I am starting to work on this 1918-1923 prototype Henderson-powered Cyclecar.  The wiring harness is partially fried and this Delco switch assembly needs to come out of the dash for repair (if possible).  How does it come out of its mounting hole?  I see a small tab on the backside at the 6 O'clock position that is in close proximity to the key cylinder.  Is that tab controlled by the key?  And of course I have no key.  Any advice on how to remove the switch assembly?

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These have a U shaped bracket that holds the ignition switch to the dashboard.  Held with 2 bolts that are double ended threads.  I do not see those in the picture.  Let me know if you need any dimensions on those parts. The pot metal housing grows into the dash and has to be broken out.  The pot metal makes the switch lever holes smaller and the levers themselves grow larger.   So you need a new outer housing and both levers, and the paper with the glass (that you can buy as 1 unit with the nickeled grommet) 

Be careful not to bend the tabs on the bezel very far for fear of breakage.  Bob's Automobilia sells replacement parts  or they will rebuild it. 

My photo shows the bracket.   

Jessers classic keys can make you a key if you have the numbers from the tumbler.

 Hugh

 

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Edited by Hubert_25-25 (see edit history)
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Thank you for the excellent advice and leads.  Yes the U bracket came off just fine but the housing is stuck fast.  I'll figure a way to push it from behind as opposed to prying on the bezel.  It's reassuring to learn the switch can be made functional again. 

 

I like the circuit breaker added by "Bob's".

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This is the photo that I wanted to post, but could not find.  The circuit breaker was my first pass at wanting to protect the wiring.  The good folks on this forum pointed out that if a short occurred, it would continue to trip in and out, and never really shut the power off.  I found this 2 fuse holder on Ebay.  You can also buy small circuit breakers that you have to reset as well.  I just keep a spare fuse on the other side.    The fuse is between the wire from the ammeter and terminal 1.   Bob's did not add the circuit breaker.   Hugh

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Edited by Hubert_25-25 (see edit history)
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The back end of switch housing has expanded larger than the hole due to the poor metal used to make the casting. 

These switch assemblies do show up on ebay, however many of them suffer from the same swelling problems as the one you have.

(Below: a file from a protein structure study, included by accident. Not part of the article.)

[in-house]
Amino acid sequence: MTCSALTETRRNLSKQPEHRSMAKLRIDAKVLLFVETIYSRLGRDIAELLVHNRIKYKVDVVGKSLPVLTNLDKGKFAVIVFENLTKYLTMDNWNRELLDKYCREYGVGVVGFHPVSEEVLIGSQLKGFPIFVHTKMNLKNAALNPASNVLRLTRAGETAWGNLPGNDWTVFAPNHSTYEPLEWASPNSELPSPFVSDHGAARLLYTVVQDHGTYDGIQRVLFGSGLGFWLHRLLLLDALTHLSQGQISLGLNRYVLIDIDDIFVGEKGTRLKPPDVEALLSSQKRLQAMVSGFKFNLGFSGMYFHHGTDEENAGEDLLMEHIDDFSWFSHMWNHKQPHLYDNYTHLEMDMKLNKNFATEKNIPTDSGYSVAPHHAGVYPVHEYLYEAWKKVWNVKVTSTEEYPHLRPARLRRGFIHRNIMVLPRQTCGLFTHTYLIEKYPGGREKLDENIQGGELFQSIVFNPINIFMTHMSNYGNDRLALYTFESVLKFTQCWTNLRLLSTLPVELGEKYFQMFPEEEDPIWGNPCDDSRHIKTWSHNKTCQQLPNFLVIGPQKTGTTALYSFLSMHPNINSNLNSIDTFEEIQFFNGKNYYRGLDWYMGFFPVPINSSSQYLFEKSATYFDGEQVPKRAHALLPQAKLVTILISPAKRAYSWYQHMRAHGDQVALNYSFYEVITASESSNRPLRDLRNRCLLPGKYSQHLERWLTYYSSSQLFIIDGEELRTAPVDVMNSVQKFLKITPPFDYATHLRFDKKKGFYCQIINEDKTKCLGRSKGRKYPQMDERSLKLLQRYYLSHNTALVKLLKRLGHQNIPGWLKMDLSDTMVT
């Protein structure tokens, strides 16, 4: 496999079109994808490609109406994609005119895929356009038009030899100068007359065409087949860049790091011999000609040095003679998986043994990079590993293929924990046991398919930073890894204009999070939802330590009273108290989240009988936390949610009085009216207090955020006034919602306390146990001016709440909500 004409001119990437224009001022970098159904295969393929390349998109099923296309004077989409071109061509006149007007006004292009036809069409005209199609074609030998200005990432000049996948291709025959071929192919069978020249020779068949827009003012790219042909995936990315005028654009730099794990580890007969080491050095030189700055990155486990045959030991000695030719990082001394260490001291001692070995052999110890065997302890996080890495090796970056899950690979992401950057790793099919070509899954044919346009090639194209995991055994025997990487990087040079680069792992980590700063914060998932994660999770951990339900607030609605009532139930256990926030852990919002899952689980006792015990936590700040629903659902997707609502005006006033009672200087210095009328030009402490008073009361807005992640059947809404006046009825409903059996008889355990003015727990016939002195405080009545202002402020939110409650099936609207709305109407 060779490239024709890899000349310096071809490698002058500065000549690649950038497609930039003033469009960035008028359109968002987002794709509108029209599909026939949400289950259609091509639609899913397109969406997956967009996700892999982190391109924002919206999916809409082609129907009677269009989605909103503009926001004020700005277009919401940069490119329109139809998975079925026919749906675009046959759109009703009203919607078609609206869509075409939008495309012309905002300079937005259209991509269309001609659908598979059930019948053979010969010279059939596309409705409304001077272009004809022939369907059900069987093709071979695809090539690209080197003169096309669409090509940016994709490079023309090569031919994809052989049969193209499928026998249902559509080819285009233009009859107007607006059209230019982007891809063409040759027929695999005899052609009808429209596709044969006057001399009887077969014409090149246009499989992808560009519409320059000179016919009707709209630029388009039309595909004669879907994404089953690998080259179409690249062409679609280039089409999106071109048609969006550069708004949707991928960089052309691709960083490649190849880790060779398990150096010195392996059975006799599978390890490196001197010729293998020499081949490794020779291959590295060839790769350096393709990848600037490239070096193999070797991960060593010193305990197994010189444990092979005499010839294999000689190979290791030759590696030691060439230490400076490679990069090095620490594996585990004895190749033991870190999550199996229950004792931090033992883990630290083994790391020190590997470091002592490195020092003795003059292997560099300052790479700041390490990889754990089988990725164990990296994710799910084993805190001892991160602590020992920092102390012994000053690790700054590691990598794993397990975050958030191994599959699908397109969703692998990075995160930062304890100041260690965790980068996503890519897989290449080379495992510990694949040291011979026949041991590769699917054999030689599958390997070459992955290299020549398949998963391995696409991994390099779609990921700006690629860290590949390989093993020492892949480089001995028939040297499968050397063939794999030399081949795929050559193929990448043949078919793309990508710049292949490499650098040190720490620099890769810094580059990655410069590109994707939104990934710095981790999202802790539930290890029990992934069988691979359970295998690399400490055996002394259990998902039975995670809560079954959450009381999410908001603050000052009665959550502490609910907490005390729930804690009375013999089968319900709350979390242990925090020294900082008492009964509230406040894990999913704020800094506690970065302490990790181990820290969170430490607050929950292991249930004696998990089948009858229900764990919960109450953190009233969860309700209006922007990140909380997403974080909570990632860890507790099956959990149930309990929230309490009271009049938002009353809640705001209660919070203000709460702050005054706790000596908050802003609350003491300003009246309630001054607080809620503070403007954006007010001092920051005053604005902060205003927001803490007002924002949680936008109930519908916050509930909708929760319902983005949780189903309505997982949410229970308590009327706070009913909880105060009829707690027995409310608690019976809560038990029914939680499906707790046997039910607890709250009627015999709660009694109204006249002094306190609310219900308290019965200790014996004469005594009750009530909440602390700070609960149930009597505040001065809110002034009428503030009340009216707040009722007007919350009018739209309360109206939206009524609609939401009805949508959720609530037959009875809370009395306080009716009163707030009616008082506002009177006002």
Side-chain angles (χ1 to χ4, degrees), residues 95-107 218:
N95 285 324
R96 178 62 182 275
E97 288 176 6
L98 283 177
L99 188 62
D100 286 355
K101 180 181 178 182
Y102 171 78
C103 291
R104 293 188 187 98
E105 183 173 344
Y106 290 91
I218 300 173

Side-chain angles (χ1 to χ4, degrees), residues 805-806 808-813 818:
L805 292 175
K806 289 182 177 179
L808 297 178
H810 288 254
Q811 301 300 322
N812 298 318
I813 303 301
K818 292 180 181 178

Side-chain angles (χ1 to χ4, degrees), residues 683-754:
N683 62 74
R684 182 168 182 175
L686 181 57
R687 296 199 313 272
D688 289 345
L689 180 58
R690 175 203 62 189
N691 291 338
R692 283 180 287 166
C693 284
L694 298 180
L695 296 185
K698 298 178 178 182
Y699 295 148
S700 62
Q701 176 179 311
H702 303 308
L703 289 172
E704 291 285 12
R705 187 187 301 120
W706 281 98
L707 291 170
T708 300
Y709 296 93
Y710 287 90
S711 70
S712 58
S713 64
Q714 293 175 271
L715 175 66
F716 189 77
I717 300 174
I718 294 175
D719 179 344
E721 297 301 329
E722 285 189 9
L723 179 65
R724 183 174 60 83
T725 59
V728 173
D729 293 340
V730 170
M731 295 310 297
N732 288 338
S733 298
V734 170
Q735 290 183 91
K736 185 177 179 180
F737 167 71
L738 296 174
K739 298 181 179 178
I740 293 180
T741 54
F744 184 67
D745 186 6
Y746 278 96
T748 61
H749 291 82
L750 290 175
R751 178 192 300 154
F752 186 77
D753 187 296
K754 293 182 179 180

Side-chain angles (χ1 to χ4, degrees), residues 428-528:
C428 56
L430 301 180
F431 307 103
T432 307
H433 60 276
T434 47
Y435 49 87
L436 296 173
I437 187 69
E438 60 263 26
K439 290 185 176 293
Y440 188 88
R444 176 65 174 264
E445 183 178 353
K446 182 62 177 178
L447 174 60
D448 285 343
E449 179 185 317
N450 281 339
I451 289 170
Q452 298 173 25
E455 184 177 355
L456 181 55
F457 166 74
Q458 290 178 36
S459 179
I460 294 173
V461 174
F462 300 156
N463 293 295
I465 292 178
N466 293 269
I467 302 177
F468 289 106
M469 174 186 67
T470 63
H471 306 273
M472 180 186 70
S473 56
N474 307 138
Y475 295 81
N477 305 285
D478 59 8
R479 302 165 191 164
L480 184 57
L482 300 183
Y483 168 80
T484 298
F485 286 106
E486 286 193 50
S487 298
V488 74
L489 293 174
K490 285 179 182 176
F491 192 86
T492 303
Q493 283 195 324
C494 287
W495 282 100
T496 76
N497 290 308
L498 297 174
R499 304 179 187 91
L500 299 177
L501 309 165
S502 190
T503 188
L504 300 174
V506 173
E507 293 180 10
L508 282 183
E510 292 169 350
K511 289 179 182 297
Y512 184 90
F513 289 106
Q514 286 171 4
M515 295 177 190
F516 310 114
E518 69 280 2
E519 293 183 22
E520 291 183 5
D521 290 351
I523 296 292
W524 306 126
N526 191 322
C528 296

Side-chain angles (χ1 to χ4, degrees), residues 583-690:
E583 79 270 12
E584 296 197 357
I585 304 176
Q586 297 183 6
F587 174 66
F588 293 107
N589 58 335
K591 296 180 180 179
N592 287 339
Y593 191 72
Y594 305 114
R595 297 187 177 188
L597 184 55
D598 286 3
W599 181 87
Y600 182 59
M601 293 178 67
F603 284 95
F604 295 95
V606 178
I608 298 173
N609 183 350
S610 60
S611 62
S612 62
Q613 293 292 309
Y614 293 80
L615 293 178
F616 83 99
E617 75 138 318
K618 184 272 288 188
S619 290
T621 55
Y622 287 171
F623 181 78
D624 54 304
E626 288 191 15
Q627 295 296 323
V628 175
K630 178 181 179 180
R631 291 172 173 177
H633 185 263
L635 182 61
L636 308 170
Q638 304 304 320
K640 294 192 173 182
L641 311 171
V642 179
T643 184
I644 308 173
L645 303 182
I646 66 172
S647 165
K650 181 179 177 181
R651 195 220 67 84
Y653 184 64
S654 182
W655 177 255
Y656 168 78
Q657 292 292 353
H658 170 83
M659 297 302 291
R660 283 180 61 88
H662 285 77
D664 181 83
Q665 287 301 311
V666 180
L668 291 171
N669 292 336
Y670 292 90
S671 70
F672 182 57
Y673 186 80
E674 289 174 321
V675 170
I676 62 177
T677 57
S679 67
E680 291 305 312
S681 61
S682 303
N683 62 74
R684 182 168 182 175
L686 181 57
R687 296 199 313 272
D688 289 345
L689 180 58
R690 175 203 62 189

Replacement housings can be purchased at bobsautomobilia.com though they require some fitting to make them work.

First remove the micarta back plate with the wiring terminals and catch any small parts that might fall out.

Next take a caliper and measure the rear housing diameter at the hole and again at the rear of the casting to see how badly it has swollen.

If the casting has swelled only a little, you might be able to wrap some emery cloth around the protruding end and sand it down enough to  pass back out the hole. If it is badly swollen you might have to start breaking off pieces on the back side with pliers and plan on purchasing a replacement for complete rebuild. Keep all the other pieces for rebuilding. There is another thread on prewar Buicks detailing the rebuild process. 

 

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16 minutes ago, Hubert_25-25 said:

This is the photo that I wanted to post, but could not find.  The circuit breaker was my first pass at wanting to protect the wiring.  The good folks on this forum pointed out that if a short occurred, it would continue to trip in and out, and never really shut the power off.  I found this 2 fuse holder on Ebay.  You can also buy small circuit breakers that you have to reset as well.  I just keep a spare fuse on the other side.    The fuse is between the wire from the ammeter and terminal 1.   Bob's did not add the circuit breaker.   Hugh

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Thanks for the clarification.  I prefer the fuse idea, just like you recommend. Seems like Restoration Supply has a few holders to chose from.

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12 minutes ago, Oregon Desert model 45 said:

The back end of switch housing has expanded larger than the hole due to the poor metal used to make the casting. 

These switch assemblies do show up on ebay, however many of them suffer from the same swelling problems as the one you have.

Replacement housings can be purchased at bobsautomobilia.com though they require some fitting to make them work.

First remove the micarta back plate with the wiring terminals and catch any small parts that might fall out.

Next take a caliper and measure the rear housing diameter at the hole and again at the rear of the casting to see how badly it has swollen.

If the casting has swelled only a little, you might be able to wrap some emery cloth around the protruding end and sand it down enough to  pass back out the hole. If it is badly swollen you might have to start breaking off pieces on the back side with pliers and plan on purchasing a replacement for complete rebuild. Keep all the other pieces for rebuilding. There is another thread on prewar Buicks detailing the rebuild process. 

 

I was wondering about the backing plate and what might drop out if I tried that.  Thanks for the warning and the encouragement.